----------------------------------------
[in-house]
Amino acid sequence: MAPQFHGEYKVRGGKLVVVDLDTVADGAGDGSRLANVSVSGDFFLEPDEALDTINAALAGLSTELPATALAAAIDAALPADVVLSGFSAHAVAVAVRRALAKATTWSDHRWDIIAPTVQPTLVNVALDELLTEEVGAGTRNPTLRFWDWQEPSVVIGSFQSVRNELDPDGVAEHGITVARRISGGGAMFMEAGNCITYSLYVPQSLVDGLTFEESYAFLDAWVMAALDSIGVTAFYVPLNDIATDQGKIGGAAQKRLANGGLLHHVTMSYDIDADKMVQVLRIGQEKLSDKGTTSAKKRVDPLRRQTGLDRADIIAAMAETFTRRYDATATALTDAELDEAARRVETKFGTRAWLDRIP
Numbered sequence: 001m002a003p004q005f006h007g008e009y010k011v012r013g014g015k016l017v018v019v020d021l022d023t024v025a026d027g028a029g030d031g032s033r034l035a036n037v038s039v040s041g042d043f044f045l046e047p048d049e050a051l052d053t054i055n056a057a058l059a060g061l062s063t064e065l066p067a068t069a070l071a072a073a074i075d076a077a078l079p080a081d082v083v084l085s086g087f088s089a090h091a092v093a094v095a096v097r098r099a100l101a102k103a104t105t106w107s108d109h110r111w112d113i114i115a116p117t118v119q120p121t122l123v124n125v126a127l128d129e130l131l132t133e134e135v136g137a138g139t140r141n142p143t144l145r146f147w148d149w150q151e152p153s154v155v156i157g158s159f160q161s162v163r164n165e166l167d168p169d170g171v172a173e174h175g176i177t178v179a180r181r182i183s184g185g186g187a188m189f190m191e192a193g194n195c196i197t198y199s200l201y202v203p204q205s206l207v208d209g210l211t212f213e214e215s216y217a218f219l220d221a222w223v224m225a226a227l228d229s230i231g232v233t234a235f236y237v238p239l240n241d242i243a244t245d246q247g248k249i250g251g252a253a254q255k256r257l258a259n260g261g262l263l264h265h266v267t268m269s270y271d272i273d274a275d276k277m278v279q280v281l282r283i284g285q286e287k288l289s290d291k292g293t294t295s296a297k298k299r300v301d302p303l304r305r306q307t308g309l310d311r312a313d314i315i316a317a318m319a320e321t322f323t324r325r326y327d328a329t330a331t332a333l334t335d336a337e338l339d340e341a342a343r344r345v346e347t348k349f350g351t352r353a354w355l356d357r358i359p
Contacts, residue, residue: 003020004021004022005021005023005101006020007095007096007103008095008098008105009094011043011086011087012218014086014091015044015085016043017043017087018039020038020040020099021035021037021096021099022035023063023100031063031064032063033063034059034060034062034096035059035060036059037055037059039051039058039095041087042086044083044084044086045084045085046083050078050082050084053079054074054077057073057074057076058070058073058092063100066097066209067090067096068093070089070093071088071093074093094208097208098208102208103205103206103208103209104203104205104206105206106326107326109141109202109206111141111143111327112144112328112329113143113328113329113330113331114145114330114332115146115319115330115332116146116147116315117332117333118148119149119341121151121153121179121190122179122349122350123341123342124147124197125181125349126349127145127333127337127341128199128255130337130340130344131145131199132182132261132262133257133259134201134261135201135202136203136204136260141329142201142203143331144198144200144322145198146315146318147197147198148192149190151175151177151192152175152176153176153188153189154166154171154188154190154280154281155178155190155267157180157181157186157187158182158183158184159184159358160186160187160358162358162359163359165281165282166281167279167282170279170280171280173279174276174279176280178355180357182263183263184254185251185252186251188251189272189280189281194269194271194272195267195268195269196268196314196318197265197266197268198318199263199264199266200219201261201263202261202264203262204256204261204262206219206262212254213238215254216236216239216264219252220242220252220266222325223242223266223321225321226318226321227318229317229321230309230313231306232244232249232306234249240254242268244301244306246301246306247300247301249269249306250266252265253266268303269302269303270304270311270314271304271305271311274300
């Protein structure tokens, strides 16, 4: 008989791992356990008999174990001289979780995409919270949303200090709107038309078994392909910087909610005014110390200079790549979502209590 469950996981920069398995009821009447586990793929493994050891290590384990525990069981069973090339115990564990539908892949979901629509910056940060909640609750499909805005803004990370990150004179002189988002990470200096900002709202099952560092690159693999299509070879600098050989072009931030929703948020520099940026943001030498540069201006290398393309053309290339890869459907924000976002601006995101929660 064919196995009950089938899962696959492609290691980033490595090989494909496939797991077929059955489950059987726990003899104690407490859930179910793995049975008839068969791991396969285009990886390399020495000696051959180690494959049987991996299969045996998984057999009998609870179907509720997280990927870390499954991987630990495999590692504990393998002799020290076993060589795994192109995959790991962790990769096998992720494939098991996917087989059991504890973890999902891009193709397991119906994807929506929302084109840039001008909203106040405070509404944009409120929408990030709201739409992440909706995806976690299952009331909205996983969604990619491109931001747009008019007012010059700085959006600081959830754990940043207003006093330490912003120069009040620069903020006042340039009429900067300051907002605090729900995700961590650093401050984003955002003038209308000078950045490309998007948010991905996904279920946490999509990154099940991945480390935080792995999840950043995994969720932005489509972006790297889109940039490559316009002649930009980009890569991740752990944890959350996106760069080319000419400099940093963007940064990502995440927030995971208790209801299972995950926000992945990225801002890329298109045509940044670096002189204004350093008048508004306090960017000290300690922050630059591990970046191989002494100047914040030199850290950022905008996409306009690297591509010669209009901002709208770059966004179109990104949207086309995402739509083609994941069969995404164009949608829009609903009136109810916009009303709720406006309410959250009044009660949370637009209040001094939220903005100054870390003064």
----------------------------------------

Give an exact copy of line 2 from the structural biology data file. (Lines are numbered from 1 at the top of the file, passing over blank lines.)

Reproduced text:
Amino acid sequence: MAPQFHGEYKVRGGKLVVVDLDTVADGAGDGSRLANVSVSGDFFLEPDEALDTINAALAGLSTELPATALAAAIDAALPADVVLSGFSAHAVAVAVRRALAKATTWSDHRWDIIAPTVQPTLVNVALDELLTEEVGAGTRNPTLRFWDWQEPSVVIGSFQSVRNELDPDGVAEHGITVARRISGGGAMFMEAGNCITYSLYVPQSLVDGLTFEESYAFLDAWVMAALDSIGVTAFYVPLNDIATDQGKIGGAAQKRLANGGLLHHVTMSYDIDADKMVQVLRIGQEKLSDKGTTSAKKRVDPLRRQTGLDRADIIAAMAETFTRRYDATATALTDAELDEAARRVETKFGTRAWLDRIP